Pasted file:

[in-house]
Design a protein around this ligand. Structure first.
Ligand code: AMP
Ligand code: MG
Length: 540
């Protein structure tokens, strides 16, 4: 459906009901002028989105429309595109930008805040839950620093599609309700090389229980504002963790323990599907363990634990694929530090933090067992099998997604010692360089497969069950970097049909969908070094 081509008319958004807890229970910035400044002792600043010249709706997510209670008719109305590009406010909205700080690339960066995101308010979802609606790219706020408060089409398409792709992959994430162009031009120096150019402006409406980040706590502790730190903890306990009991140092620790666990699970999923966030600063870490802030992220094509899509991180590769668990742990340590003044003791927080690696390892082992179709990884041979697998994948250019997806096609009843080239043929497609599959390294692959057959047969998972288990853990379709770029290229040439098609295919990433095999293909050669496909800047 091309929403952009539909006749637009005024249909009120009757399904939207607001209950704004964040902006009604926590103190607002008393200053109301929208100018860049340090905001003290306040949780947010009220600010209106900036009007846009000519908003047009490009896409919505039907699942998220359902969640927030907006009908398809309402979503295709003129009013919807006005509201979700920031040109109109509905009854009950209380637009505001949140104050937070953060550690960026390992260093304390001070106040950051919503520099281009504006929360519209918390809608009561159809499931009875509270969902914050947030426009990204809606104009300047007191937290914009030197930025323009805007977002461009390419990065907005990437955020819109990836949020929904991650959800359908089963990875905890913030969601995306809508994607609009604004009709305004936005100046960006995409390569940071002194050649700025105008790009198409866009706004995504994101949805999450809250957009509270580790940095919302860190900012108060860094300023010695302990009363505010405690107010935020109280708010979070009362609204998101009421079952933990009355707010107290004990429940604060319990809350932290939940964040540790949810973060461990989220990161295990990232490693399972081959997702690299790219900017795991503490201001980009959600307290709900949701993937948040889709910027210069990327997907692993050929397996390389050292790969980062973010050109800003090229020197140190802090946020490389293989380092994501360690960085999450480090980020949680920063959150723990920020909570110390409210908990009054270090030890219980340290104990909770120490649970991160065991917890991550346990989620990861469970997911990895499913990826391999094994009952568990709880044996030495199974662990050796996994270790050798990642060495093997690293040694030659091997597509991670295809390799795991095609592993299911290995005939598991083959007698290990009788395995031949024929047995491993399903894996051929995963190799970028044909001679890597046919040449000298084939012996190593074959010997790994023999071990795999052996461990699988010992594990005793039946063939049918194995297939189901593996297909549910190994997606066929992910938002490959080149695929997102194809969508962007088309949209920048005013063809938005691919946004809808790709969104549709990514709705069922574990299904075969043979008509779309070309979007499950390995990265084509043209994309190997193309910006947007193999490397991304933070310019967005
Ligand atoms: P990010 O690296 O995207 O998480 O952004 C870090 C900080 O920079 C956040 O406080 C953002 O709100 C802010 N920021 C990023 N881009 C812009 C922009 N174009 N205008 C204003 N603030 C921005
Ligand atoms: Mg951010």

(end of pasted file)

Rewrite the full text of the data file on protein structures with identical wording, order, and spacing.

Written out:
[in-house]
Design a protein around this ligand. Structure first.
Ligand code: AMP
Ligand code: MG
Length: 540
């Protein structure tokens, strides 16, 4: 459906009901002028989105429309595109930008805040839950620093599609309700090389229980504002963790323990599907363990634990694929530090933090067992099998997604010692360089497969069950970097049909969908070094 081509008319958004807890229970910035400044002792600043010249709706997510209670008719109305590009406010909205700080690339960066995101308010979802609606790219706020408060089409398409792709992959994430162009031009120096150019402006409406980040706590502790730190903890306990009991140092620790666990699970999923966030600063870490802030992220094509899509991180590769668990742990340590003044003791927080690696390892082992179709990884041979697998994948250019997806096609009843080239043929497609599959390294692959057959047969998972288990853990379709770029290229040439098609295919990433095999293909050669496909800047 091309929403952009539909006749637009005024249909009120009757399904939207607001209950704004964040902006009604926590103190607002008393200053109301929208100018860049340090905001003290306040949780947010009220600010209106900036009007846009000519908003047009490009896409919505039907699942998220359902969640927030907006009908398809309402979503295709003129009013919807006005509201979700920031040109109109509905009854009950209380637009505001949140104050937070953060550690960026390992260093304390001070106040950051919503520099281009504006929360519209918390809608009561159809499931009875509270969902914050947030426009990204809606104009300047007191937290914009030197930025323009805007977002461009390419990065907005990437955020819109990836949020929904991650959800359908089963990875905890913030969601995306809508994607609009604004009709305004936005100046960006995409390569940071002194050649700025105008790009198409866009706004995504994101949805999450809250957009509270580790940095919302860190900012108060860094300023010695302990009363505010405690107010935020109280708010979070009362609204998101009421079952933990009355707010107290004990429940604060319990809350932290939940964040540790949810973060461990989220990161295990990232490693399972081959997702690299790219900017795991503490201001980009959600307290709900949701993937948040889709910027210069990327997907692993050929397996390389050292790969980062973010050109800003090229020197140190802090946020490389293989380092994501360690960085999450480090980020949680920063959150723990920020909570110390409210908990009054270090030890219980340290104990909770120490649970991160065991917890991550346990989620990861469970997911990895499913990826391999094994009952568990709880044996030495199974662990050796996994270790050798990642060495093997690293040694030659091997597509991670295809390799795991095609592993299911290995005939598991083959007698290990009788395995031949024929047995491993399903894996051929995963190799970028044909001679890597046919040449000298084939012996190593074959010997790994023999071990795999052996461990699988010992594990005793039946063939049918194995297939189901593996297909549910190994997606066929992910938002490959080149695929997102194809969508962007088309949209920048005013063809938005691919946004809808790709969104549709990514709705069922574990299904075969043979008509779309070309979007499950390995990265084509043209994309190997193309910006947007193999490397991304933070310019967005
Ligand atoms: P990010 O690296 O995207 O998480 O952004 C870090 C900080 O920079 C956040 O406080 C953002 O709100 C802010 N920021 C990023 N881009 C812009 C922009 N174009 N205008 C204003 N603030 C921005
Ligand atoms: Mg951010």